There are several distinct types of sideboard. The Georgian sideboard was a long narrow table, fitted with cutlery drawers and cellaret cupboards, used as a serving table in dining rooms. Most examples are at least five feet long.
Although sideboards date from the mid-18th century, their development is usually associated with the designs of Sheraton. Sideboards may be straight fronted, curved at either end, or sometimes have a recessed breakfront. The latter was partly to lighten the effect of a large piece of furniture and partly, writes Sheraton, 'to secure the butler from the jostles of the other servants'.
The central portion of the sideboard, beneath the long drawer, was usually arched with semicircular lunettes, either carved or often strung. The legs were sometimes turned, but more generally were tapered, often standing on spade or block feet. Georgian sideboards always have six legs one at each corner, one on either side of the central recess. Four legged sideboards were not introduced until the second decade of the 19th century. more...Sideboards were usually made of well-figured mahogany or, in Australia, cedar or beefwood veneer, though very few colonial examples appear to have survived. They were sometimes cross banded, strung and inlaid with decorative panels of contrasting timber.
Another type of sideboard appeared in the late 19th century, based more or less on the Renaissance revival forms associated with designers Talbert and Eastlake. It consisted of a two-door cupboard, usually panelled and carved, with a mirrored back, containing shelves and a hutched or overhanging cornice, supported by turned or carved columns.
There are many variants, but the lines and angles were much squarer, handles were often of pressed metal alloy, and by the time the sideboard reached its full Edwardian flowering, it often boasted broken or swan-neck pediments, reeded and fluted decorations, and shallow machine-made carvings of shells, rosettes and other foliage.
The style continued to be made in mahogany, oak, maple, pine or cedar until after the first world war. During the 1920s, and under the influence of the modern movement, furniture forms became much simpler and less cluttered, taking on the characteristics pioneered by the Arts and Crafts designers a third of a century before. It should always be remembered that it may take a generation before an original design, breaking with tradition, becomes fully established in popular taste.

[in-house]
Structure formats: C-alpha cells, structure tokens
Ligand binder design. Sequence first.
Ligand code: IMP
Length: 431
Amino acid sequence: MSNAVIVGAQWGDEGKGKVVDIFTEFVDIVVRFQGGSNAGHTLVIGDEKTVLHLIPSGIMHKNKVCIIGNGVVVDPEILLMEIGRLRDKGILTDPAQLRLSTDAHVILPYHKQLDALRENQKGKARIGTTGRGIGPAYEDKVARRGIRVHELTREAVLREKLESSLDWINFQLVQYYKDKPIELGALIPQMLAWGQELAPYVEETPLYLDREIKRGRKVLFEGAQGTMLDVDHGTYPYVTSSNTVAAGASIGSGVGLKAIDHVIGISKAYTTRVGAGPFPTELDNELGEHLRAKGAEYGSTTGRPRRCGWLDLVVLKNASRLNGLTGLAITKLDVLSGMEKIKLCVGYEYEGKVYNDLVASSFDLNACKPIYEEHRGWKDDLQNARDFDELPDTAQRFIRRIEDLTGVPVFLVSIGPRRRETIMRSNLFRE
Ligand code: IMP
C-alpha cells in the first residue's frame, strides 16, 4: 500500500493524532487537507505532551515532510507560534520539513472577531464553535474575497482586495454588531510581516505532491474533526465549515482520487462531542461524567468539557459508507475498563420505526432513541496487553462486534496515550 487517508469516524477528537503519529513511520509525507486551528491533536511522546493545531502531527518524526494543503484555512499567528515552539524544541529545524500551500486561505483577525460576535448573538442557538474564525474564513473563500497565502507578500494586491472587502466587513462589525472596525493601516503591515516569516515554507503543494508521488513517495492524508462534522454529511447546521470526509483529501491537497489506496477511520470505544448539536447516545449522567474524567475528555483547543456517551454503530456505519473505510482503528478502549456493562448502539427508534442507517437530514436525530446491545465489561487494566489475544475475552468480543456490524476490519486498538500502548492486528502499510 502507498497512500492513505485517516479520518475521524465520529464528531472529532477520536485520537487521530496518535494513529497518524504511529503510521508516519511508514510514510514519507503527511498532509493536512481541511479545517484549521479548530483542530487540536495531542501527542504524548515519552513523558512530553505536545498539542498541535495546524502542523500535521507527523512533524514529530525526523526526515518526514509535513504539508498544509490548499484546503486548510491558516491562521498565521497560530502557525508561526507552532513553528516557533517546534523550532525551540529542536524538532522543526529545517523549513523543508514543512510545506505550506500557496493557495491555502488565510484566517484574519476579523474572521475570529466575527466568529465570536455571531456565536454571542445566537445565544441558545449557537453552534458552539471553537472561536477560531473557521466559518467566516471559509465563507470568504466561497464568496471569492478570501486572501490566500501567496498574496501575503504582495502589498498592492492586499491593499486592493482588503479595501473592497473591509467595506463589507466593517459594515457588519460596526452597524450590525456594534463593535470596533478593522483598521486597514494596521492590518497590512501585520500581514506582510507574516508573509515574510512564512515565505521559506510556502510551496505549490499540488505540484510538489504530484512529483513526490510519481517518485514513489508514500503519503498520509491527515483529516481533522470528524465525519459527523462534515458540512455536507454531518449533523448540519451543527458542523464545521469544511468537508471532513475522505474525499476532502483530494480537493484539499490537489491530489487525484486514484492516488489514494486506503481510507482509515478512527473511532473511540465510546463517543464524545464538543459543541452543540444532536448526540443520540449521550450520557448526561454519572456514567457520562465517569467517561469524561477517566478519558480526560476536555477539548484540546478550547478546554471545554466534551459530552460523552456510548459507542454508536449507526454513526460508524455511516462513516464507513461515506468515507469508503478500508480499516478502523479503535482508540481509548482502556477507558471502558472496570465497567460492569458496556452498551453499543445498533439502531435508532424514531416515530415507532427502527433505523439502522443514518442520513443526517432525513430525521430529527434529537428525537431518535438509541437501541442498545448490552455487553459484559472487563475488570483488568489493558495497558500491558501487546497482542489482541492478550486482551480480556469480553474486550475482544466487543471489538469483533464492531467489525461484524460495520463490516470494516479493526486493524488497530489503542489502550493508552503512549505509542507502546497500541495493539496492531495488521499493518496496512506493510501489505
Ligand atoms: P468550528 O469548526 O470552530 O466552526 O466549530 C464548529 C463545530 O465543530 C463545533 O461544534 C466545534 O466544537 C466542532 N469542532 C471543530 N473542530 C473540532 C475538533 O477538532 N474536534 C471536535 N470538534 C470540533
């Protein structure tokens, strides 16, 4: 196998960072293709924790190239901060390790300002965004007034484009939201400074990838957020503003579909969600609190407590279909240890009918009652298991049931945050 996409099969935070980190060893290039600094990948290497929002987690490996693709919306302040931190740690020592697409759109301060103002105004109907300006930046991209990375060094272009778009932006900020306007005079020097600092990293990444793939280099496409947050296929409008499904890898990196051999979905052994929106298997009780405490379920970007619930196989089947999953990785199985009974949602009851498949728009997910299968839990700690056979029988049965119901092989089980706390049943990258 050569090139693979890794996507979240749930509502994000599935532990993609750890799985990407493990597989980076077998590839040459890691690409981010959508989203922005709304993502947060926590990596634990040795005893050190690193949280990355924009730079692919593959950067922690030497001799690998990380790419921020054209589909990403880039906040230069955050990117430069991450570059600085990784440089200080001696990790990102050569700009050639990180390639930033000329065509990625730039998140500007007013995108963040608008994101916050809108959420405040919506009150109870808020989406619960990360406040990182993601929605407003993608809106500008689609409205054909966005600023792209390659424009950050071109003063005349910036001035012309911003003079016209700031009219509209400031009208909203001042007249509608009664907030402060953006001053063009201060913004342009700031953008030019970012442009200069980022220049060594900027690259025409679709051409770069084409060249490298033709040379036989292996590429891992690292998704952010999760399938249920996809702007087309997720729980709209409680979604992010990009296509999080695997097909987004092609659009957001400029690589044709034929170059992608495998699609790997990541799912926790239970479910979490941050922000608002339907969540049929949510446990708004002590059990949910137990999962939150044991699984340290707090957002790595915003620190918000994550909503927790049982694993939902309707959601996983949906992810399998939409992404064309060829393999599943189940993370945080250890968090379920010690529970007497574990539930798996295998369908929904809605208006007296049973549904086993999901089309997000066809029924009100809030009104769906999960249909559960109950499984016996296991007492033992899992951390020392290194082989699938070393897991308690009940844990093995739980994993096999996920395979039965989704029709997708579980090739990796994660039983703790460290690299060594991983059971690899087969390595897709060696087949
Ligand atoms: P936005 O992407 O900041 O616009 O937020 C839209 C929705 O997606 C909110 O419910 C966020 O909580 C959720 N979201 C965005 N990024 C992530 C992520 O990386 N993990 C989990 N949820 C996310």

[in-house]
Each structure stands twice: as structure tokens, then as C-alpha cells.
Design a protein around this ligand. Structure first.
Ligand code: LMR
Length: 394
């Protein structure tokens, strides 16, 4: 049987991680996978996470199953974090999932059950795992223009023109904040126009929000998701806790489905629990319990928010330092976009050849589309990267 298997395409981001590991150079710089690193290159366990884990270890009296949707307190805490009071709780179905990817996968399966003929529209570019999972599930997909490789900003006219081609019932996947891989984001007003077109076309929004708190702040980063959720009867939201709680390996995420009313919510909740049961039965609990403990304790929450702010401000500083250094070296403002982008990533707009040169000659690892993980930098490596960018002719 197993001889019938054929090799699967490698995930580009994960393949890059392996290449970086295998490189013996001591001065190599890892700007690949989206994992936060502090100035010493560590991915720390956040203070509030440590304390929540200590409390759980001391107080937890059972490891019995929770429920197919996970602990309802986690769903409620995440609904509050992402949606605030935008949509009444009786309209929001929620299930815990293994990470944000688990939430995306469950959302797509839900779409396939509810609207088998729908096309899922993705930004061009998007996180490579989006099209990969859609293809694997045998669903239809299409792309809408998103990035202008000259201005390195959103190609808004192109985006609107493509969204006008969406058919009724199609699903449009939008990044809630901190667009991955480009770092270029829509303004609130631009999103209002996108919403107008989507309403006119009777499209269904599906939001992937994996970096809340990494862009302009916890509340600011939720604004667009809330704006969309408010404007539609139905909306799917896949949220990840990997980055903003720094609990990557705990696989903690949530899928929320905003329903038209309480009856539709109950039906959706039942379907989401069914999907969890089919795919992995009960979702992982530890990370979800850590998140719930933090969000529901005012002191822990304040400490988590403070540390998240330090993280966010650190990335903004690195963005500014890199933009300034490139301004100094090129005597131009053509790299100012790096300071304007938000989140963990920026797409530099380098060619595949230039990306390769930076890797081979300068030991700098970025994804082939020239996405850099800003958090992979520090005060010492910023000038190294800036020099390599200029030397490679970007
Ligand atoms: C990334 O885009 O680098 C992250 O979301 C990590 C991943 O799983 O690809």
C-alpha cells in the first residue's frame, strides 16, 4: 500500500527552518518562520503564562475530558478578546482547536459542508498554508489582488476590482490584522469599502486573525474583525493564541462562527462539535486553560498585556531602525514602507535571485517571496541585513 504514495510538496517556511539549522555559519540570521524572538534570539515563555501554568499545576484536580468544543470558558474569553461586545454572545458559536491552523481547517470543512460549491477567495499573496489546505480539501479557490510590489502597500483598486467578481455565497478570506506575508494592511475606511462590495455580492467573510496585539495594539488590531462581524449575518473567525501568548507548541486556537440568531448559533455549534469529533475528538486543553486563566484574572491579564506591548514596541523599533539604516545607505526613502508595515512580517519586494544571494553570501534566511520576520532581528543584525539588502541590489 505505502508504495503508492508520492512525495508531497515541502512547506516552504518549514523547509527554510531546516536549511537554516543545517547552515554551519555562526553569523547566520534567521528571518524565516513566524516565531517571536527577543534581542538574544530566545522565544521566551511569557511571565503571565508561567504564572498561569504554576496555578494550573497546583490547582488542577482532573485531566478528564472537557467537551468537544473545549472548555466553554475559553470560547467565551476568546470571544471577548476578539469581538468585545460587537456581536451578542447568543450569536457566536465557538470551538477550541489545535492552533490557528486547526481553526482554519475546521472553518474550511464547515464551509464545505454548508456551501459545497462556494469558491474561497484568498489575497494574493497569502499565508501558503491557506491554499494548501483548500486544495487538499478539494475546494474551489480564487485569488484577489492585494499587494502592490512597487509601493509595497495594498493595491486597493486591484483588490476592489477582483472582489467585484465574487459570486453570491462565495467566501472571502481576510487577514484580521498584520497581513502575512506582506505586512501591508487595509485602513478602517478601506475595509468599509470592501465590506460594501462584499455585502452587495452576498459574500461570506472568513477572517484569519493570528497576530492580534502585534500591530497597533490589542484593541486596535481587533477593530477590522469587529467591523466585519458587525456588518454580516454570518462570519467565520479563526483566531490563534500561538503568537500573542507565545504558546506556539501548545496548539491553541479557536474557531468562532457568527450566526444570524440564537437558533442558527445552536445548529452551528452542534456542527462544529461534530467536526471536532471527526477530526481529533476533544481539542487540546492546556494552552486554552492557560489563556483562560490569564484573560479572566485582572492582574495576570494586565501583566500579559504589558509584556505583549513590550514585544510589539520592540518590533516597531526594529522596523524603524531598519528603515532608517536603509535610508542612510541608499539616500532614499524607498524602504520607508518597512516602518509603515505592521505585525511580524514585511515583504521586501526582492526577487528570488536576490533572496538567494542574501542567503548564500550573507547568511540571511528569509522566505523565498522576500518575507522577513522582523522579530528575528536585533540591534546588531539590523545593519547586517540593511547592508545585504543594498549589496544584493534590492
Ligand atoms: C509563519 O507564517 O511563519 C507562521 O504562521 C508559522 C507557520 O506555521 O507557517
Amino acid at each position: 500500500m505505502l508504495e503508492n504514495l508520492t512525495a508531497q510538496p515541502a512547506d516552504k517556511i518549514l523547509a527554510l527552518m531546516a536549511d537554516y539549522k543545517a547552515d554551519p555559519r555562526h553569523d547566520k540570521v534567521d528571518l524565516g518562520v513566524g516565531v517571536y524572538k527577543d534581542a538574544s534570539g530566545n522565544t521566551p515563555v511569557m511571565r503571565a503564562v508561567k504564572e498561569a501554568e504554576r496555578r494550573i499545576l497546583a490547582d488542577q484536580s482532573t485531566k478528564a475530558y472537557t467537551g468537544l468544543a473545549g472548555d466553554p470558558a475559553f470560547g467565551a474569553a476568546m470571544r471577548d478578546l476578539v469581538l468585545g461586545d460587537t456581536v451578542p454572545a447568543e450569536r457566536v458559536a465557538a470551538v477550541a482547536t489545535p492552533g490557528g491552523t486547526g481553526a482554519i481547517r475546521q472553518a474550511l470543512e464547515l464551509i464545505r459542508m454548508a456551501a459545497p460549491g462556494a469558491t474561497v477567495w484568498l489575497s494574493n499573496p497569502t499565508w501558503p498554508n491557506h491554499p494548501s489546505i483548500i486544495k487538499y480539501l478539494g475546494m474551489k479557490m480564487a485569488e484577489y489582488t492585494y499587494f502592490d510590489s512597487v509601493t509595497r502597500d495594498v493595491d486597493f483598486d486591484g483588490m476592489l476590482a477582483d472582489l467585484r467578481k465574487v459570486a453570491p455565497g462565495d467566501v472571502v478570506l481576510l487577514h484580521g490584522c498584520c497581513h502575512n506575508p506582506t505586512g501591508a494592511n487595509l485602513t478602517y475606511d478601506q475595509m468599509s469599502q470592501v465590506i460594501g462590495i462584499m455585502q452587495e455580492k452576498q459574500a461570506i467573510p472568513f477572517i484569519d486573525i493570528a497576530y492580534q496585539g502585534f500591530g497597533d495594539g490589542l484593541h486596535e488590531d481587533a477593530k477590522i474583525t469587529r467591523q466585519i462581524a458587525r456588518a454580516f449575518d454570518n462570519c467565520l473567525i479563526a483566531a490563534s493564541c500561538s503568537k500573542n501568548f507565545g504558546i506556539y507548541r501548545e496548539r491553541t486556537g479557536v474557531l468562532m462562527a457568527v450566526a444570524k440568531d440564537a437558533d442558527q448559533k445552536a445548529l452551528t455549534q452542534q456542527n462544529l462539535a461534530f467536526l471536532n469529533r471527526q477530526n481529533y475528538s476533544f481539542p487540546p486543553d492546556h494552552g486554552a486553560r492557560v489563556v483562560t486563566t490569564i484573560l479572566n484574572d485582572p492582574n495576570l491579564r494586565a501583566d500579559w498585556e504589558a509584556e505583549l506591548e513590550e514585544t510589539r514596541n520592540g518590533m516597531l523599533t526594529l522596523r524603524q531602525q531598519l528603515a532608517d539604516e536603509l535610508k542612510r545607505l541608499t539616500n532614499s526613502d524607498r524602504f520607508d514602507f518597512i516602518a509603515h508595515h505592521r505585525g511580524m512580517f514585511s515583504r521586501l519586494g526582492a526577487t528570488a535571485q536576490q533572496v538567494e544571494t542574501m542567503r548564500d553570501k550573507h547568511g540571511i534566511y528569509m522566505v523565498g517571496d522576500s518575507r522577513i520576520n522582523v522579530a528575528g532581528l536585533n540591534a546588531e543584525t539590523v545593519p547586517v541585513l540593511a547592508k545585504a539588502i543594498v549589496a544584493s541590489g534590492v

From around 1900 the size of sideboards began to decrease, in order to fit the smaller dining rooms of the day, although this example would still require a substantial room to display it properly.
Victorian walnut servery cabinet with two door cabinet to the top over a pair of slide out shelves, a pair of drawers and doors, 110 cm wide, 62 cm deep, 198 cm high, with the British Antiques Dealers Association stamp attached
A French boulle style and ormolu, three door credenza. Late 19th century. The credenza is decorated in the 'Boulle' style with pierced-cut brass and red tortoiseshell inlay, against a black 'Ebonized' patinated finish. The cabinet has a serpentine front wi
A 19th century ebonised and cut brass inlaid sideboard, in the boulle manner serpentine, with glazed side doors and a solid central door, finely inlaid with foliate marquetry, plinth base, 169 x 109.5 x 46 cm.
A 19th century Anglo-Indian teak pedestal sideboard with a foliate pierced splashback, above a reverse breakfront top with three vine and grape carved drawers and two starburst panelled doors, 167.5 x 123.5 x 57 cm.
A small Victorian style cedar chiffonier, 20th century, with a scroll carved arched back with decorative crest above a frieze drawer with two panelled doors flanked by corbels and opening to a single shelf, raised on a plinth base. Height 138 cm. Width 88
A Victorian mahogany coal scuttle, late 19th century, a small cupboard with a mirrored back below a shaped shelf with an upstand, with concave shaped side supports and a fallfront cupboard with a single brass handle, similar handles to the sides; raised on
A Victorian mahogany mirror backed sideboard, circa 1860s, having a rectangular mirror with a pierced and carved crest and side embellishments, the top of breakfront and bow form with bullnose edging above a central frieze drawer and door flanked by arched
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